This article originally appeared on Professor Koehler’s FCPA Professor website (www.fcpaprofessor.com) and is reprinted with his permission. Transparency International – UK (TI-UK) recently published “Deterring and Punishing Corporate Bribery,” and it is worth reading. A meaty 93 pages, the document is full of useful information, from U.K. charging issues to corporate criminal liability principles under U.K. law to a […]
With all the focus on the Senate's FCPA hearing earlier this week, let's take a break and go across the pond for the Friday roundup. Debarment and the Bribery Act, BAE's upcoming sentencing hearing, and Royal interest in the SFO's BAE investigation, its all here.
CCI tips its cap to Mike Koehler, who launched his FCPA Professor blog two years and six days ago. Congratulations on two great years. (And Mike regales us with his usual Friday roundup of FCPA news.)
Kenneth Clark has been appointed "as the United Kingdom’s new international anti-corruption champion."
Among today's Water Cooler stories: Swiss Parliament Approves UBS Treaty, Ends Standoff; Daimler Admits Bribing Ghana Military; Lawmakers Near Deal on Fed Governance.
Important Monday morning links from the world of GRC, including a study that describes how "better" corporate governance may have actually made banks riskier.
The UK's Financial Services Authority (FSA) recently clarified its rules regarding joint actions by activist shareholders. According to the FSA, such joint actions would not constitute insider trading so long as no trades are made based on the knowledge of what another investor is doing.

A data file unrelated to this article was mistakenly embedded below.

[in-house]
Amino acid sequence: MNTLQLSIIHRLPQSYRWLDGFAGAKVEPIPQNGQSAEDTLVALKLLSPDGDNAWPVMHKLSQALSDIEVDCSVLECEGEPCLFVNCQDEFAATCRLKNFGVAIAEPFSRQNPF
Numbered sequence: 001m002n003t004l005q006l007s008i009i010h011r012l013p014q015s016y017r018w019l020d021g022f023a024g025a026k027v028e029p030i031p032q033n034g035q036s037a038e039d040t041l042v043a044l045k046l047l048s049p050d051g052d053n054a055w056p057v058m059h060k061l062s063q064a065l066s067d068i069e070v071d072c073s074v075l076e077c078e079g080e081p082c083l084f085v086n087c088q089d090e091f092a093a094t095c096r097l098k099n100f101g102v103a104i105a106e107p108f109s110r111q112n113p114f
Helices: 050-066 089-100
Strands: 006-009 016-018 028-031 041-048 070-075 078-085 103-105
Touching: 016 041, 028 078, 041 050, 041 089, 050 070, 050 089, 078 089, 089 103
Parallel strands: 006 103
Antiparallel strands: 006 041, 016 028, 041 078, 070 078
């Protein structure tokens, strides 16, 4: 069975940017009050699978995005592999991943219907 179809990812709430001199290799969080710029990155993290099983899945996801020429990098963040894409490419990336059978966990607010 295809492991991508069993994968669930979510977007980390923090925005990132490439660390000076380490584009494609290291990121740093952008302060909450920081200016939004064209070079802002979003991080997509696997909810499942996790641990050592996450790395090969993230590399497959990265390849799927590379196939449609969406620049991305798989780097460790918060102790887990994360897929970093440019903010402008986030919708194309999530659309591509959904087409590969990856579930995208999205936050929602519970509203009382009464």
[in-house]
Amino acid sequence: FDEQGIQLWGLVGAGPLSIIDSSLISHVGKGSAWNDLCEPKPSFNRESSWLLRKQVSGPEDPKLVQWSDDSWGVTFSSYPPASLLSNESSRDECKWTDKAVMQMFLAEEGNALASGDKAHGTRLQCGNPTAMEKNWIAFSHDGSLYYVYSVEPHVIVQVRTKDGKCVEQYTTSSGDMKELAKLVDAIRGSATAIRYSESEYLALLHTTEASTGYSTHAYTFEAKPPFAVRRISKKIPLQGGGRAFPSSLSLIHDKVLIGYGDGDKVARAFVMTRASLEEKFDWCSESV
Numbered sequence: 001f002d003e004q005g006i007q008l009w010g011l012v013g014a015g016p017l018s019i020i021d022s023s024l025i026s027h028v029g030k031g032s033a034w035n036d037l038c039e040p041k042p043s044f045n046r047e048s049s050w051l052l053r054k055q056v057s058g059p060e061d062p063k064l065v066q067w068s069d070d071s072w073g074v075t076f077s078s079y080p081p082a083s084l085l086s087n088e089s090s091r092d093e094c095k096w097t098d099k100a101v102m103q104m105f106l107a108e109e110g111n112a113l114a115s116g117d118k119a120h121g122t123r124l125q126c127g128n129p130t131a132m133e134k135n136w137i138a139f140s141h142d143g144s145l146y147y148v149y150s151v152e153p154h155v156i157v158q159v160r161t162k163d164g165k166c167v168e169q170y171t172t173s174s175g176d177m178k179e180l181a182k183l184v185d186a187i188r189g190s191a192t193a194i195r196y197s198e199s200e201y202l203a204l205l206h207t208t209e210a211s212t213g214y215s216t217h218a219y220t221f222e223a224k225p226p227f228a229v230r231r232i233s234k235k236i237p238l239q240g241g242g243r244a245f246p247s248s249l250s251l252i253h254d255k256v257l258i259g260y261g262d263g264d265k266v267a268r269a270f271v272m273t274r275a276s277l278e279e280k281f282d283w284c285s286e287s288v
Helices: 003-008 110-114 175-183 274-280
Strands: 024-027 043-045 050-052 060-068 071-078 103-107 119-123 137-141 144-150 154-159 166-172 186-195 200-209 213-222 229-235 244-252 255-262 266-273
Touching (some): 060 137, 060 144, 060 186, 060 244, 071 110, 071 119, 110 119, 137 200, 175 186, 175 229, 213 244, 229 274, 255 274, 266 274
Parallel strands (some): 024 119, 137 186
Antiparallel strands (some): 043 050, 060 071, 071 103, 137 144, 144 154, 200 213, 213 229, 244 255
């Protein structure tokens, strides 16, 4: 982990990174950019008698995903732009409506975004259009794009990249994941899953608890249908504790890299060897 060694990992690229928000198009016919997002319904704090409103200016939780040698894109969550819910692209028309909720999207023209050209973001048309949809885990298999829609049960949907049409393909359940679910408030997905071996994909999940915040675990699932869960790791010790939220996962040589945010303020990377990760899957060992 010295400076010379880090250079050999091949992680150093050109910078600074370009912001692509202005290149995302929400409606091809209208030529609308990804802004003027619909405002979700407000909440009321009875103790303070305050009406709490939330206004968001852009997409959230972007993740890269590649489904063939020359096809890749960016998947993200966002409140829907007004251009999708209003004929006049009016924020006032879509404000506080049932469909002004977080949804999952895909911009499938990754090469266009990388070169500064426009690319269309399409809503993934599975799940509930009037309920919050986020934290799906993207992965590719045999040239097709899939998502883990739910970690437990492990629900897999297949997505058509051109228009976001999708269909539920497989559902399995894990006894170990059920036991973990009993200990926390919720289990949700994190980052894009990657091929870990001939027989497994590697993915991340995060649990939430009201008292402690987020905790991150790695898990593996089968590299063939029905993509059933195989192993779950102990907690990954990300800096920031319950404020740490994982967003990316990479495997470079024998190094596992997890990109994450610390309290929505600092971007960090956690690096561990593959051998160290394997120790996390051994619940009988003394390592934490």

by John Russell -- Managing Editor of Ethical Corporation
Public outrage at the rewards given to failed bosses could soon force boards to change the way executives are paid. Support is growing among shareholders for measures to stop bonus payments to directors who have driven their companies to the edge. Bonus clawback provisions are a way to do this. ...
In this week's GRC blog roundup we head over to the Harvard Law School Corporate Governance Forum for a discussion on the new UK rules for disclosure of derivatives. Plus, Doug Cornelius from Compliance Building provides notes on Ethical Leadership.
Going against UK corporate governance guidelines, Stuart Rose is both the chairman and chief executive of Marks & Spencer. Rose is facing renewed calls for his executive chairman position to be split up in the best interest of Marks and Spencer.